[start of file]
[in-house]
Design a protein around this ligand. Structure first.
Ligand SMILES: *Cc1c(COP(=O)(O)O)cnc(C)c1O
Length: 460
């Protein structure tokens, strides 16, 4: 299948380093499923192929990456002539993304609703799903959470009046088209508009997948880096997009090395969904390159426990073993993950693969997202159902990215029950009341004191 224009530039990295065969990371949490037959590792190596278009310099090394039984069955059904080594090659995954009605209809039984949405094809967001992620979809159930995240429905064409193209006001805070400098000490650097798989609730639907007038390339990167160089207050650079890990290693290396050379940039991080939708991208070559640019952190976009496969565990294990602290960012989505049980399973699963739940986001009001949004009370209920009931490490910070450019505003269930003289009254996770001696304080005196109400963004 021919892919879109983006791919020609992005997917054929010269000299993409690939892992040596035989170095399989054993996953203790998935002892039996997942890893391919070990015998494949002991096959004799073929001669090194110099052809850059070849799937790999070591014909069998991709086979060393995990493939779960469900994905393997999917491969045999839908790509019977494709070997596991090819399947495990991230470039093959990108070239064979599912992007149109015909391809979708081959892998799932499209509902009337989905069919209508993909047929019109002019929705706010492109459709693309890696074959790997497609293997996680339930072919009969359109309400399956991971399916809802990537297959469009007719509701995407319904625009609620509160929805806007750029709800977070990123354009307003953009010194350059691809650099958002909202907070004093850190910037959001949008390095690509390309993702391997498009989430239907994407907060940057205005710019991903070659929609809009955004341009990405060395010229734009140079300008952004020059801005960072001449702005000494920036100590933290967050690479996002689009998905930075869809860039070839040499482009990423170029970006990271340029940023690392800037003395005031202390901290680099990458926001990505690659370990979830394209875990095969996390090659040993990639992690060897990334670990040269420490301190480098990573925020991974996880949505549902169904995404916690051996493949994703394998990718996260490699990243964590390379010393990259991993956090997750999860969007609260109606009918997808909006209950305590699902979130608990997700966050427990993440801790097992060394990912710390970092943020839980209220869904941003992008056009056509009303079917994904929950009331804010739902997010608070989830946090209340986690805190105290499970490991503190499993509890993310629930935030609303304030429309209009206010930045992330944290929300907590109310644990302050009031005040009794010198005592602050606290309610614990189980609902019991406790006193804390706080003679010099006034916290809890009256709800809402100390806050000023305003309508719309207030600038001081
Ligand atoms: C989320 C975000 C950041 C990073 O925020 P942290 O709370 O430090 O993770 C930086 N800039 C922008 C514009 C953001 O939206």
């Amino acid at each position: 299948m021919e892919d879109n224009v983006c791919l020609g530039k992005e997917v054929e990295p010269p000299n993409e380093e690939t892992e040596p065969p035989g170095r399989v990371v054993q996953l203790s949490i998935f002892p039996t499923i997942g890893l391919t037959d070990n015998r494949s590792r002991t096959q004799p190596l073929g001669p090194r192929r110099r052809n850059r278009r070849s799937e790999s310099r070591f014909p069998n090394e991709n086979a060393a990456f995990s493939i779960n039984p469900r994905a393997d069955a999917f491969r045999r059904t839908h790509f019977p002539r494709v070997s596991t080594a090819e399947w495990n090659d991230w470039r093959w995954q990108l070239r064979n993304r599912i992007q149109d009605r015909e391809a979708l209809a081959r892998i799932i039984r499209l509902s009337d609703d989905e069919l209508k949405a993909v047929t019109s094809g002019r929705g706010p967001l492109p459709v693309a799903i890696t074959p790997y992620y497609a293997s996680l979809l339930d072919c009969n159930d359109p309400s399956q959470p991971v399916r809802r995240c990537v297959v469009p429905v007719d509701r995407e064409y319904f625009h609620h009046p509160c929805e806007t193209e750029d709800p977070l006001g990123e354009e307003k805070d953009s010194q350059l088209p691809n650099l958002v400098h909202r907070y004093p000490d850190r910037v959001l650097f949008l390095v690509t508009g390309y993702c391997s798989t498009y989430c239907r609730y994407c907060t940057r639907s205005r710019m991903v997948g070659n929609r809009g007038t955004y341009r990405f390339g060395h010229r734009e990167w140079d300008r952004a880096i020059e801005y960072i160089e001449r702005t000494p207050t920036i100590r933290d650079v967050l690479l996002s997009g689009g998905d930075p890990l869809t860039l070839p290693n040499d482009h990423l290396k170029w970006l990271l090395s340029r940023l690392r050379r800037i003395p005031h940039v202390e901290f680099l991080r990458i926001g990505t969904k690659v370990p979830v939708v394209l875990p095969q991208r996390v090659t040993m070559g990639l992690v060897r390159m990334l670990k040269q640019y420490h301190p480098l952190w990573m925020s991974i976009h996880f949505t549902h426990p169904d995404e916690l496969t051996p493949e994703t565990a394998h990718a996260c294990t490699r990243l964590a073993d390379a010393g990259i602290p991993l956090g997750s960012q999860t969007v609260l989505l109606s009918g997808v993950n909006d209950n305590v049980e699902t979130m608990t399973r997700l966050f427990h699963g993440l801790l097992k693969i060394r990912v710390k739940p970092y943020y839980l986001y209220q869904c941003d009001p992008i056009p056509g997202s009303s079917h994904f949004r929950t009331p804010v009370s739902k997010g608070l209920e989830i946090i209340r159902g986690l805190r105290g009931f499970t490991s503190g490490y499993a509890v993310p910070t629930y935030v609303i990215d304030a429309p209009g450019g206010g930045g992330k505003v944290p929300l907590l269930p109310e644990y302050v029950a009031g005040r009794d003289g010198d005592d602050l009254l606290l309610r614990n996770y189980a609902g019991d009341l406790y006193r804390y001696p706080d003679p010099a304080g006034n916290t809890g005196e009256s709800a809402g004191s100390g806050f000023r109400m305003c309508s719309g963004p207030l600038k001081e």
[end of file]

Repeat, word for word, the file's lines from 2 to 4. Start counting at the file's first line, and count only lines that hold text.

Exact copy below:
Design a protein around this ligand. Structure first.
Ligand SMILES: *Cc1c(COP(=O)(O)O)cnc(C)c1O
Length: 460